Can Online Personas Improve your Collaboration Behaviour?

When we hear the term “Personas” we often associate them with profiles that marketing organisations develop to categorise the buying behaviours of consumers for targeted attention. Personas are therefore strongly linked to behaviours. In the world of Enterprise Social Networking (ESN) we are also very much interested in the collaboration behaviours that have been facilitated by the ESN.

The idea of developing a way to profile ESN behaviours comes from one of our customers, Liz Green, who is a social media strategist at Telstra, and a leading facilitator of their Yammer installation. We liked the idea and decided to design and incorporate an online persona classification based on some of our core social networking analytics, which we are sharing here.

Here is the framework of Personas that we designed:

The vertical axis partitions those that are active on the platform from those that have minimal interactions. We identify those users who have interacted on the platform less than once every 2 weeks and classify them as “Observers”. For those that have interacted more than once every 2 week, we then break them up according to our Give-Receive balance measure. The give-receive balance was inspired by Adam Grant’s In the Company of Givers and Takers and Sandy Pentland’s The Science of Building Great Teams, where they find that those organisations and individuals that balance their giving and taking/receiving are the strongest performers. Our Give-Receive measure simply balances contributions made e.g. a posts, replies, likes etc. and received e.g. replies received, likes received etc.. We classify those active participants that are able to balance their giving and receiving as “Engagers”. The Engager is our aspirational profile, in that we believe these people are the heart of the network, successfully balancing talking and listening online.

For those people who are active but lean toward the “Receiver” side, we label “Catalysts”. These are people that are able to attract significant responses (replies, likes, etc) from relatively fewer contributions. You might consider a popular blogger or tweeter as catalysts for change. It is a skill and plays an important role in energising the network and attracting new participants.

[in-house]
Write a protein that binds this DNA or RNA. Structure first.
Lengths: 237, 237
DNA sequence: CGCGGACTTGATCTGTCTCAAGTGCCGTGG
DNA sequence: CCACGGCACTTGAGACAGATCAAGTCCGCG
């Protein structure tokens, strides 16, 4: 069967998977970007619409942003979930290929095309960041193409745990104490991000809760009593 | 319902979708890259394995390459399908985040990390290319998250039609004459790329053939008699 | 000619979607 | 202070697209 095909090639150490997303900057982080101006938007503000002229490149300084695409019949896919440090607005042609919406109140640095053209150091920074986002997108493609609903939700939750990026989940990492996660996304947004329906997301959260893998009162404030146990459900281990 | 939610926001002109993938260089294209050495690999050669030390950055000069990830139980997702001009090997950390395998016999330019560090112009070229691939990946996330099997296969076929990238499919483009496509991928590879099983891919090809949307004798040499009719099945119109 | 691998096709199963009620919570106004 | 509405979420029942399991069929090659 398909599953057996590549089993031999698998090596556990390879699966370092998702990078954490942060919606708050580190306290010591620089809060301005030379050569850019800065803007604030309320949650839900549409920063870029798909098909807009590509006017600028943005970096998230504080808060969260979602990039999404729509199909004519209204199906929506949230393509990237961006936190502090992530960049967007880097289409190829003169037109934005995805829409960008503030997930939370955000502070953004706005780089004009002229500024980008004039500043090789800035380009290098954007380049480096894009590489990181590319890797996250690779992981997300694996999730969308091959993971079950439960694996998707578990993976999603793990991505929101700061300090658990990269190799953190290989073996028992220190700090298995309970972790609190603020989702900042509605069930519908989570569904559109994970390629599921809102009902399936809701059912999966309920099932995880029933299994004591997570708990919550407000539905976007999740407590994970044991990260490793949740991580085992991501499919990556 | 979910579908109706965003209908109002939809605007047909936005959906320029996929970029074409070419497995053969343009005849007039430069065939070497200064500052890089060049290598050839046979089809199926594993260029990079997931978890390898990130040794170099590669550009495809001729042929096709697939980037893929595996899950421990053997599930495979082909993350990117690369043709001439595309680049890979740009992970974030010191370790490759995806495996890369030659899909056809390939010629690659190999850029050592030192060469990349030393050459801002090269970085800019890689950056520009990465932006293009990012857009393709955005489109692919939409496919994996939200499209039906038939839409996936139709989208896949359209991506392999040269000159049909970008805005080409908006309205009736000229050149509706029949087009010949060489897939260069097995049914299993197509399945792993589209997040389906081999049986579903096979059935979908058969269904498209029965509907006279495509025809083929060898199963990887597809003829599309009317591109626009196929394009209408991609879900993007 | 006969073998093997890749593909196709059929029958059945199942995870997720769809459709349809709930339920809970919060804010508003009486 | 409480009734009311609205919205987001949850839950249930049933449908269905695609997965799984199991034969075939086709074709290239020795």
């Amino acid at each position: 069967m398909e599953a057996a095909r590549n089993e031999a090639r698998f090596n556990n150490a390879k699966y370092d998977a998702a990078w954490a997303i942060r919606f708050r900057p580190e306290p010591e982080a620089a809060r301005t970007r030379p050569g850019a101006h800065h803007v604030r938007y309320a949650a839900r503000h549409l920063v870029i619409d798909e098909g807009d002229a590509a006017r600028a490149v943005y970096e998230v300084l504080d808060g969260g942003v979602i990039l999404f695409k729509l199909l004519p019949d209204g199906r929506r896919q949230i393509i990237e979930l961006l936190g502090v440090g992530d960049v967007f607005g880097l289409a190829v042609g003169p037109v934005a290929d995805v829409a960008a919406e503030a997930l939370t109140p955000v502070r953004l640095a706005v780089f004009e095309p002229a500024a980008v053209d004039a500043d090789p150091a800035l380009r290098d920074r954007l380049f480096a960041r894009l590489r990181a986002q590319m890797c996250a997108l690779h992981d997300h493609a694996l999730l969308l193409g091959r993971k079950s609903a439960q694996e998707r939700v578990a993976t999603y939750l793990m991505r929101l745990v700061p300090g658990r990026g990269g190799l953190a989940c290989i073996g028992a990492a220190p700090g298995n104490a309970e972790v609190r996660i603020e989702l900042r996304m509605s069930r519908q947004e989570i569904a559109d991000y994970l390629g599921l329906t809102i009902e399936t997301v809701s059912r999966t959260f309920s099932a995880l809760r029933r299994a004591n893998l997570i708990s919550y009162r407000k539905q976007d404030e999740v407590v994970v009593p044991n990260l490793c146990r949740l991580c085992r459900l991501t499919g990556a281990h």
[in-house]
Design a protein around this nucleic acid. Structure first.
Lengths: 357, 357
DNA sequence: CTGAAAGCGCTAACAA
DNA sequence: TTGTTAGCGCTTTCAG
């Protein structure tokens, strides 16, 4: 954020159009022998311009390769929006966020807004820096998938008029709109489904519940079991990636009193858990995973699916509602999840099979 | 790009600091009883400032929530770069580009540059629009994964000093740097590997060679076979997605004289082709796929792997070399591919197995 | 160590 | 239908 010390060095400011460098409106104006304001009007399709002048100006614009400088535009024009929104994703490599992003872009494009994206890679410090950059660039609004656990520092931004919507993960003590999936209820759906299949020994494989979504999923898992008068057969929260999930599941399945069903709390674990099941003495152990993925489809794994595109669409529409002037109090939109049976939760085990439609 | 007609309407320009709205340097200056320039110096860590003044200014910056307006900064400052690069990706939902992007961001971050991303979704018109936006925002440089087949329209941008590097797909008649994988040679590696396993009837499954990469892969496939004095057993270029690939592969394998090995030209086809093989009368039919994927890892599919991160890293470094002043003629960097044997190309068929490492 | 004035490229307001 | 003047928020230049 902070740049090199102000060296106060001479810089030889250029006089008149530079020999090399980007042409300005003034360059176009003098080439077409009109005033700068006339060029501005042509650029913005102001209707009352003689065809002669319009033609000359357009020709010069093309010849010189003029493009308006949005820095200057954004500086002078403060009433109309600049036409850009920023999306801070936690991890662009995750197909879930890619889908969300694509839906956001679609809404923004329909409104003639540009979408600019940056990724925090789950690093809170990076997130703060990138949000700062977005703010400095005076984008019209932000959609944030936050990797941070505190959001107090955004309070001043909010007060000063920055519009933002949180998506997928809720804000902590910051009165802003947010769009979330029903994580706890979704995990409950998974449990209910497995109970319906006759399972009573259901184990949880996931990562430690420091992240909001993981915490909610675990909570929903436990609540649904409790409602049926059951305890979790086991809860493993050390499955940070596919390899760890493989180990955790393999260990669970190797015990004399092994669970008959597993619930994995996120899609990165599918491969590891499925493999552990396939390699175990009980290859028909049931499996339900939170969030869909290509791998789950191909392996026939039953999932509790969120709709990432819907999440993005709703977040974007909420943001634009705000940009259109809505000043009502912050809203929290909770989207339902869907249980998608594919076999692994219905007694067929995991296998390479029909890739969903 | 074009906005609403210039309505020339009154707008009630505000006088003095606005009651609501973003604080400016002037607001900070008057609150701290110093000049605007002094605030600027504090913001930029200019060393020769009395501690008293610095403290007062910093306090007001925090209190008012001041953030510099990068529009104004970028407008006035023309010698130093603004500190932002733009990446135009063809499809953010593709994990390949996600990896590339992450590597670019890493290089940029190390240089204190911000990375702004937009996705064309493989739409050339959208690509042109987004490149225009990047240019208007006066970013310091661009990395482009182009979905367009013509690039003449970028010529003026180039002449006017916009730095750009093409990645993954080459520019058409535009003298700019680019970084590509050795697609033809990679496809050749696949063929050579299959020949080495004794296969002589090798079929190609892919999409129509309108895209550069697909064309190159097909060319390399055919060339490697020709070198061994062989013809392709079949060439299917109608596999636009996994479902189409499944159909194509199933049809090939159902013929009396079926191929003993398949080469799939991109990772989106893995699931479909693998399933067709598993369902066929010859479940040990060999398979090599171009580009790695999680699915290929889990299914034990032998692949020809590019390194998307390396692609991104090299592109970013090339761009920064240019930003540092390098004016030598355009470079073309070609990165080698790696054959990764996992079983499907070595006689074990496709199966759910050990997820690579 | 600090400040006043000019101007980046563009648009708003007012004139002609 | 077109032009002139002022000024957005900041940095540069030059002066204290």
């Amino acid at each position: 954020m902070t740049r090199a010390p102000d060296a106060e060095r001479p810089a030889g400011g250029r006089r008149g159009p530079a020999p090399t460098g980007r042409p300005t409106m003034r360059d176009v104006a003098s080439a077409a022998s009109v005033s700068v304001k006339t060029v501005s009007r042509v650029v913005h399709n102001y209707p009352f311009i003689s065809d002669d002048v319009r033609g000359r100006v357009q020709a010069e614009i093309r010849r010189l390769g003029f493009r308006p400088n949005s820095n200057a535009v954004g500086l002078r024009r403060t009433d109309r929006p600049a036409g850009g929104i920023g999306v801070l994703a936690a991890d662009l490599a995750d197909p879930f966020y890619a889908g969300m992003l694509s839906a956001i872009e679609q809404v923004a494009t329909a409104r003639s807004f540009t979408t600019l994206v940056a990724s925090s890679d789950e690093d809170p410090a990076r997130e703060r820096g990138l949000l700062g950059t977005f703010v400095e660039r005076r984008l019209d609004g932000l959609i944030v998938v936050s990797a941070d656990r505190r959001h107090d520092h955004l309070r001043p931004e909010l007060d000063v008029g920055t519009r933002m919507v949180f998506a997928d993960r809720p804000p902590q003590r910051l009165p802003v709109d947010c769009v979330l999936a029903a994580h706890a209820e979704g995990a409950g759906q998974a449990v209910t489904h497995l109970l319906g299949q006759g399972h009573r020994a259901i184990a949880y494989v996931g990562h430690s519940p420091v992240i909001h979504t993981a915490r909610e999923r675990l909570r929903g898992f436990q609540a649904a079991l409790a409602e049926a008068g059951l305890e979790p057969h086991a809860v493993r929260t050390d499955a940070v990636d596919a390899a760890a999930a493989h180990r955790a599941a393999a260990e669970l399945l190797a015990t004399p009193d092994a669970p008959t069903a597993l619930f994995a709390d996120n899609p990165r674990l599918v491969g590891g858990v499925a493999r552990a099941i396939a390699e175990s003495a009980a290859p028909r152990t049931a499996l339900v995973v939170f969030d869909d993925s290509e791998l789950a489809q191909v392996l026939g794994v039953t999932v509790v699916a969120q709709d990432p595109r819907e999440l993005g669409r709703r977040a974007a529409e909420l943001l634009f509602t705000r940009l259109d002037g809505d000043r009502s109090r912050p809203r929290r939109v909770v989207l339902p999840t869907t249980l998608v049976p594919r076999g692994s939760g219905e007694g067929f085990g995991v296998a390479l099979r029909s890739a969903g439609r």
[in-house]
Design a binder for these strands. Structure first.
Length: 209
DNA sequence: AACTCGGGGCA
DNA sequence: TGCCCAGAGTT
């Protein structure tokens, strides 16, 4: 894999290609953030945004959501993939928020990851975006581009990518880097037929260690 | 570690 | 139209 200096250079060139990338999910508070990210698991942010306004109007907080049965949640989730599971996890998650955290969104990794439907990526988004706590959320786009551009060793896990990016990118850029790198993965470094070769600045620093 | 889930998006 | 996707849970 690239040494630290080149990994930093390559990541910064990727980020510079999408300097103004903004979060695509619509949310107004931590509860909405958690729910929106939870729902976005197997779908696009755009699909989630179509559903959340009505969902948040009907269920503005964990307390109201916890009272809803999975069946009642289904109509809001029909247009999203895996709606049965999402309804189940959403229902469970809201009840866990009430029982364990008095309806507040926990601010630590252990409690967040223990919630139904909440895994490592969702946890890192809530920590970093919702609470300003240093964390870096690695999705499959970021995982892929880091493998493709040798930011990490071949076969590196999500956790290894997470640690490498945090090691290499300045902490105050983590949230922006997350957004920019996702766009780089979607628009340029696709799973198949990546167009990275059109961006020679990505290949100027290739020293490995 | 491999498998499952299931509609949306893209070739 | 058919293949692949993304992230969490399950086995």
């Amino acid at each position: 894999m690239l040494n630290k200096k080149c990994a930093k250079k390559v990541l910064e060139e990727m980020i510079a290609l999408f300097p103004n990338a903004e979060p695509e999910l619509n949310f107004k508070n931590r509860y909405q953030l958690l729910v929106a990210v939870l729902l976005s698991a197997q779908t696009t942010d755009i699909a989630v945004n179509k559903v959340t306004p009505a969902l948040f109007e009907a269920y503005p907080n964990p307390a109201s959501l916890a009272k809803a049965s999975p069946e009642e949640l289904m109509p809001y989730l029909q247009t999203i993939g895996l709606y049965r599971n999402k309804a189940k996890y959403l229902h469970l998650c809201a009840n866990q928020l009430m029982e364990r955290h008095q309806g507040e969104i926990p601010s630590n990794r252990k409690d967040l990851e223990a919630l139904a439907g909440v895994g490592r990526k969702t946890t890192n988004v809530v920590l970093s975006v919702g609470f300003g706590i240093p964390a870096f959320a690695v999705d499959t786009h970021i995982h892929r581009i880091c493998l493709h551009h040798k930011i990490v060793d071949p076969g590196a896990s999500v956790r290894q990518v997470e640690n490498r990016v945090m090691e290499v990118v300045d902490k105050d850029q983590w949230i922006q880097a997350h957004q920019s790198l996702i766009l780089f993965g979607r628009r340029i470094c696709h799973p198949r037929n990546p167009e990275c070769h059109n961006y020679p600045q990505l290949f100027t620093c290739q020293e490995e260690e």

For those active participants who fall toward the “Giver” side, it infers that they make far more contributions than they gain reaction for. We further partition them into “Responders” or “Broadcasters”. We use a Posts/Reply ratio measure to partition those that mainly contribute through Replies (Responders), from those that mainly contribute through posts (Broadcasters). Responders provide value through providing visible listening to contributors. They are like the ‘care givers’ in the community. Broadcasters tend to favour posting original content over participating in conversations. While this is not necessarily a bad thing, there is likely to be other channels available for broadcasting, while the ESN should be prioritised for conversation.


For the community manager we believe that these personas can be used to characterise the overall network at a given point of time. We would envisage targets being set for Engagers (maximise), Observers (minimize), Broadcasters (limit), Catalysts and Responders (encourage). We would also encourage individuals to look at their own persona, and adjust their online behaviour toward the role they feel they are best placed to play and contribute.

We have now tested our design on several data sets. The detailed results are beyond the scope of this post and will be reported later. It is worth noting though that the overall profile make-up will change with ESN maturity and also the time period selected for assessment. With SWOOP we have already started to enable individuals to monitor these personas in real-time, enabling individuals to make adjustments as they see fit. Likewise for the community manager, it can provide an indication of trends that could be either amplified or dampened as appropriate. For consultants or advisors that assist organisations on their efforts to improve collaboration, the personas will also be a great way to target interventions where it will provide the greatest return.

So what do you think? Would you or your organisation benefit from online Persona profiling?